The jokes I posted make fun of the first characteristic I mentioned. Sometimes in conversation, people with ADD jump around a lot--verbally or physically. Sometimes they tell you the same story over and over and make the same point over and over because they are overfocused on that and can't move on. And sometimes they just 'don't listen' because something you said set their brains on a track and it raced away. Or they start bouncing around, get up and literally run or jump, or start fidgeting with things--cues that a non-ADD person is bored, but cues that a person with ADD is deeply interested and trying to get their brains to stay focused (physical motion for some reason helps the brain keep on track). Upsides of this are creativity and the ability to make novel and significant connections where other people don't automatically see them. And then, in those times when they are overfocused, to fully develop a project quickly and in a more complete way than you'd ever guess (or 'win' a computer game in one sitting, which isn't necessarily a plus to moms and wives who can't break in).

People with ADD don't organize well. They make piles everywhere, so their physical and digital desktops are crowded with stuff, and they can't seem to get places on time, turn papers in, finish things even when they want to, or work on only one project at a time. This can seriously hamper their lives--they miss appointments, double-schedule their calendars, and forget to pay bills and speeding tickets, can't find their drivers' license or passport to save their lives, and never quite get around to other important things, like seeing a dentist for a broken tooth, or taking finals in college. It can also allow them to work on more than one project at a time and get them all done well. It makes for high productivity possible because they can mentally keep track of and work on hundreds of things at once. Medication can help them get over the inability to finish these millions of things without getting rid of their ability to work on them and do them well--which lets someone like Tim write, record, edit, and fully produce hundred of songs in the time it takes 'normal' songwriters to just get the notes down for a dozen or so. In the meantime, he also has created and manages dozens of vocal groups, goes to conferences all over the nation to speak and teach, has taught himself how to run live sound and a home recording studio. The trick seems to be to get the ADD under control enough that you can 'organize enough' and then recognizing what you just can't do and getting help with that (like having your wife pay the bills). Also, because people with ADD can't organize in the conventional way, they have a strange and marvelous ability to look at chaos and not be overwhelmed by it, making them particularly helpful in dealing with disorganized situations like natural disasters or cluttered rooms--not because they can get them organized, but because they cut right to the human needs and provide attention, love, and help where the people need it, not where the room needs it. So so so many 'normal' women walk into the house of a woman who is in need and only can think to get the mess cleaned up because they don't have that ADD ability to ignore the chaos and focus on the people. People with ADD also have an unusual ability to look at chaos and discern patterns, making them really good data analysts and creative problem solvers--as long as they don't have to implement the solution.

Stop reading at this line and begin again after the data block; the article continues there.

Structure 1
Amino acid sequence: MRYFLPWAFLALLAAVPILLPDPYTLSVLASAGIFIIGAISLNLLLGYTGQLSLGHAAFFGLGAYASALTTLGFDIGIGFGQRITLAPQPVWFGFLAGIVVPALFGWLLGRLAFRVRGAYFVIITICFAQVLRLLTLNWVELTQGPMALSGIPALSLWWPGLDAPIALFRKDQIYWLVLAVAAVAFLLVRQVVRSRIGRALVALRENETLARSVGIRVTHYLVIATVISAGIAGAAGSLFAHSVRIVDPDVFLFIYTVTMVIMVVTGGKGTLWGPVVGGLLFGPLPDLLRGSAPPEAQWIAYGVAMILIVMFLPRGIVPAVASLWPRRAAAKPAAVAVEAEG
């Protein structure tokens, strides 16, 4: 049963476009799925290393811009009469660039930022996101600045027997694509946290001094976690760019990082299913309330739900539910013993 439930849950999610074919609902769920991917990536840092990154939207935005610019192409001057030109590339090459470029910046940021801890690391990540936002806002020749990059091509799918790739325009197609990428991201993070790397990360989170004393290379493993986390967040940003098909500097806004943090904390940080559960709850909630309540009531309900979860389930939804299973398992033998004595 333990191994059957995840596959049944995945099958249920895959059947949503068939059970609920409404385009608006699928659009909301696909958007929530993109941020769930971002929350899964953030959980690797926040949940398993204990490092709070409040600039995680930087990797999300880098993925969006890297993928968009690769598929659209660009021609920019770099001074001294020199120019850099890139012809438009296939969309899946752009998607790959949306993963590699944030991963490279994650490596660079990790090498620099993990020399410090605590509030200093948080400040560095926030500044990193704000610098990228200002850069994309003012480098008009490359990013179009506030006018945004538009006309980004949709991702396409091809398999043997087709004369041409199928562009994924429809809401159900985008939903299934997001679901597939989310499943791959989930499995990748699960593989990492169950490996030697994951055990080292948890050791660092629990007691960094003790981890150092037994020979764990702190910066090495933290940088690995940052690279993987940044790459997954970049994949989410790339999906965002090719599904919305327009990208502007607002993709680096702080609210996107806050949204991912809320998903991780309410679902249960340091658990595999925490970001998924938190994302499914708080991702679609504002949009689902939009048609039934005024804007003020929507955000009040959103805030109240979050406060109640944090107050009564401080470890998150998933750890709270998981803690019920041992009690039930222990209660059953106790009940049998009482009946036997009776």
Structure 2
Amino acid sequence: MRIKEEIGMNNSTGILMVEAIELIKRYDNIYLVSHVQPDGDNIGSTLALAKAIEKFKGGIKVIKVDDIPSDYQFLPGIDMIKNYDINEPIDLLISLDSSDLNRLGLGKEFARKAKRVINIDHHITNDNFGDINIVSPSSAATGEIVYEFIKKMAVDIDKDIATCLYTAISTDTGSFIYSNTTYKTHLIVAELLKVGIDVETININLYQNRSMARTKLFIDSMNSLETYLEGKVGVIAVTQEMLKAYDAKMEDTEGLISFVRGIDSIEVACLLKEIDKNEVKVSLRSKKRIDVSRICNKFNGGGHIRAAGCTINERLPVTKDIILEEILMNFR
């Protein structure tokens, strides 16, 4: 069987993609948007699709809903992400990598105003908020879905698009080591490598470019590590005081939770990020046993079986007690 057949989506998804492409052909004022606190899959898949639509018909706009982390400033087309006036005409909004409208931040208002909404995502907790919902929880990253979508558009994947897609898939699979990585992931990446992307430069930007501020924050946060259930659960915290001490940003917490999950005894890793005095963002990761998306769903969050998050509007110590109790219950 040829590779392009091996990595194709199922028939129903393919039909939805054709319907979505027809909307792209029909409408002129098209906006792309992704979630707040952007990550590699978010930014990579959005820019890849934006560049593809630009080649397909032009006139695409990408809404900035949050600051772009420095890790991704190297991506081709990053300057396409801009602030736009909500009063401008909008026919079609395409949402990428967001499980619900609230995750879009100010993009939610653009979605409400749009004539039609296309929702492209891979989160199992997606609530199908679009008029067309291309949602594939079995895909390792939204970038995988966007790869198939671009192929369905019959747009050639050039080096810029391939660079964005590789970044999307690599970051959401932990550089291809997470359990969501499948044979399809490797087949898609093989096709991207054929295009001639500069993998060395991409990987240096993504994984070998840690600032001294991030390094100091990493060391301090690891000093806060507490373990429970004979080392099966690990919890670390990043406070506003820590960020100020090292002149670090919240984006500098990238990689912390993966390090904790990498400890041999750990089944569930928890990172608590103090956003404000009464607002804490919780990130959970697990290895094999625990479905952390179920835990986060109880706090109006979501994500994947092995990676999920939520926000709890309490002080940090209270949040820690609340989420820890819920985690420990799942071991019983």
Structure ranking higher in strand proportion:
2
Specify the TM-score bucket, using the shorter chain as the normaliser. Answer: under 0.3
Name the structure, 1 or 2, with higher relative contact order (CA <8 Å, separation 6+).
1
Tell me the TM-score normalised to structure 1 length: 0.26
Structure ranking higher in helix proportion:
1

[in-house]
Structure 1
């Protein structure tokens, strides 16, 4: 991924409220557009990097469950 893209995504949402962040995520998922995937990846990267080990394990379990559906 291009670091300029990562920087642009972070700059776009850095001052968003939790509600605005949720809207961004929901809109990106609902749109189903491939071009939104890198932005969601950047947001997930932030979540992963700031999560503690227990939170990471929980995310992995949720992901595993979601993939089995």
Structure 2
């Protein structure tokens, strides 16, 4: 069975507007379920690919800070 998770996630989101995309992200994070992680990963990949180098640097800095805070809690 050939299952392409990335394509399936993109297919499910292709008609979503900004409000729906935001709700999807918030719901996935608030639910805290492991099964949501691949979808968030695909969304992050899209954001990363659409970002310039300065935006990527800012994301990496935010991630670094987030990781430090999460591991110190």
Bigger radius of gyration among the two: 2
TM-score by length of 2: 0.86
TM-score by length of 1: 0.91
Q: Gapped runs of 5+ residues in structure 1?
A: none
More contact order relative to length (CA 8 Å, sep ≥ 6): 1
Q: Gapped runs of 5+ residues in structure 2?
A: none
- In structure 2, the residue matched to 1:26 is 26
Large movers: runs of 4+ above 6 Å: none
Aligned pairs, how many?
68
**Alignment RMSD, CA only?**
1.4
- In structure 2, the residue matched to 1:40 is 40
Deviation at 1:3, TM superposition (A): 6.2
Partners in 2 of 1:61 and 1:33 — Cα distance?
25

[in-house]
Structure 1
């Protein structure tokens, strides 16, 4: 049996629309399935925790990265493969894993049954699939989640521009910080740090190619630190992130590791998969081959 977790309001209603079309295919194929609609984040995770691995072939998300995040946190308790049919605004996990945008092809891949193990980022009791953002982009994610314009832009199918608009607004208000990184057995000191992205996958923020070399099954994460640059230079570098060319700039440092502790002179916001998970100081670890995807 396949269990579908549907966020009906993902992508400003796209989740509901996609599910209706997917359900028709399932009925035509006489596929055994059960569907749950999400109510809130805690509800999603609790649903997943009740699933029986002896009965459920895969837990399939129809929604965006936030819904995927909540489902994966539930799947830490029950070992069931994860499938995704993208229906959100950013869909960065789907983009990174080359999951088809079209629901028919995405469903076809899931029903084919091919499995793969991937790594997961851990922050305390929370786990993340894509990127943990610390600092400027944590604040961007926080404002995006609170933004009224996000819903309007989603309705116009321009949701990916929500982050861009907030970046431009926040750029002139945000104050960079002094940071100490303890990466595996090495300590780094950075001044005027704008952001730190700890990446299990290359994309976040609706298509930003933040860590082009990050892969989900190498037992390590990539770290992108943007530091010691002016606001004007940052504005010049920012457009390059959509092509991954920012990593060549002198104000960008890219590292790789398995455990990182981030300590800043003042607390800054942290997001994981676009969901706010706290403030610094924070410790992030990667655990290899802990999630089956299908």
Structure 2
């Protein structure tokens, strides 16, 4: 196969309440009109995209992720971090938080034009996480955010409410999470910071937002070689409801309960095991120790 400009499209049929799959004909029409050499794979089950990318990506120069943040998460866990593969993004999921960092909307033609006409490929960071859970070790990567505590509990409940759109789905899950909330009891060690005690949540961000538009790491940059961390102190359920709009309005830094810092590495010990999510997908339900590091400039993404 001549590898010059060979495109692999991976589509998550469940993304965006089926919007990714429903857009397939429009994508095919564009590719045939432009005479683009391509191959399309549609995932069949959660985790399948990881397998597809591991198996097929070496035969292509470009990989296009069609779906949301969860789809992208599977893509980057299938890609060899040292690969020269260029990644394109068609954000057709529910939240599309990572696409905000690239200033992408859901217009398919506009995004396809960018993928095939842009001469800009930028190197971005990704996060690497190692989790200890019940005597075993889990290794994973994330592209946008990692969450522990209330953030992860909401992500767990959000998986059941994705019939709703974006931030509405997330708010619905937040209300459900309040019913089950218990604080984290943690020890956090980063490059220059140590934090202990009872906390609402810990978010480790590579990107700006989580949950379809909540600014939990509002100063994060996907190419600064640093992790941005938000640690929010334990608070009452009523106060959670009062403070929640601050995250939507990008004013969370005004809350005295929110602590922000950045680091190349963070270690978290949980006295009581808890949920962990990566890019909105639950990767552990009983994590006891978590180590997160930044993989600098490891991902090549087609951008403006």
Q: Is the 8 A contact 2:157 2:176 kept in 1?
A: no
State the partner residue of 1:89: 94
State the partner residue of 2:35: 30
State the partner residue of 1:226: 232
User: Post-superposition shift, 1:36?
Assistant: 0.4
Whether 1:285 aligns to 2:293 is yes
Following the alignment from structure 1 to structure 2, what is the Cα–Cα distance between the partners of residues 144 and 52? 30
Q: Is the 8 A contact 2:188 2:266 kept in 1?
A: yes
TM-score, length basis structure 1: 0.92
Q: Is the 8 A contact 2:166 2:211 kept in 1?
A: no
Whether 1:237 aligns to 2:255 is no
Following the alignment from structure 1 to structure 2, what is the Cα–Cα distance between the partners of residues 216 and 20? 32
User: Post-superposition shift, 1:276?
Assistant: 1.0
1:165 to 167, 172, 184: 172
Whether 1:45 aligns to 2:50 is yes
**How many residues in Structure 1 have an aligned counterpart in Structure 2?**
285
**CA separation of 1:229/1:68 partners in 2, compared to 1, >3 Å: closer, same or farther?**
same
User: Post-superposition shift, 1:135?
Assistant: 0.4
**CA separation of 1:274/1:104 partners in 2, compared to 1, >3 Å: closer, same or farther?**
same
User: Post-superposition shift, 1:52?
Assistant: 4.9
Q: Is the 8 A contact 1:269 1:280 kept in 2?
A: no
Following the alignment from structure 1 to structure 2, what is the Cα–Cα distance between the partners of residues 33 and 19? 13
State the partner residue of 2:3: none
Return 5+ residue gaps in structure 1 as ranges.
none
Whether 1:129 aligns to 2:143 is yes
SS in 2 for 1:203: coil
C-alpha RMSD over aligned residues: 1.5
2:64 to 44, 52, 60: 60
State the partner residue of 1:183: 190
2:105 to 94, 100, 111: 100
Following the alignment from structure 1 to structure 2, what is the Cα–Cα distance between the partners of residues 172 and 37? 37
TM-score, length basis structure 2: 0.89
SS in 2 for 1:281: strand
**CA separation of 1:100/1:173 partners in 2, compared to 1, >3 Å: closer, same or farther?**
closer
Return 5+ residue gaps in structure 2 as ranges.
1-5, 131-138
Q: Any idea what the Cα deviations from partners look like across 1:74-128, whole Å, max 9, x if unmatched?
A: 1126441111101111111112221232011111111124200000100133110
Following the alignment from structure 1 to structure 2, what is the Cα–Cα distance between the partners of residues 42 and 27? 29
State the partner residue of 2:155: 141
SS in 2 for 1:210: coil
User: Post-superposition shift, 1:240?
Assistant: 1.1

ADD can prevent you from thinking without also doing other things. However, if you are free to do other things, ADD brains are highly creative, as I mentioned. So I've learned, as a mother, not to say, "Could you please stop running about?!" to my children and instead say, "What are you thinking about?" when they are dashing madly about the house, bouncing off walls and crashing into each other. Turns out the running and jumping allow their unusually brilliant minds to function--and more often than not their brains are working on novel storylines, solutions to problems, computer game designs, inventions, or other highly creative things that 'normal' people would never come up with. So it can be a serious problem--nobody lets you learn at a jog in public schools!), but when an ADD brain is allowed to think, it is often unusually bright and creative--and my kids are in pretty good physical shape for computer addicts because they have to hop down and do laps several times a day in order to write that novel (at ages 5 and 7) or complete that computer game they're designing. This also is easily managed through diet, exercise, and medication, so it's not really the end of the world.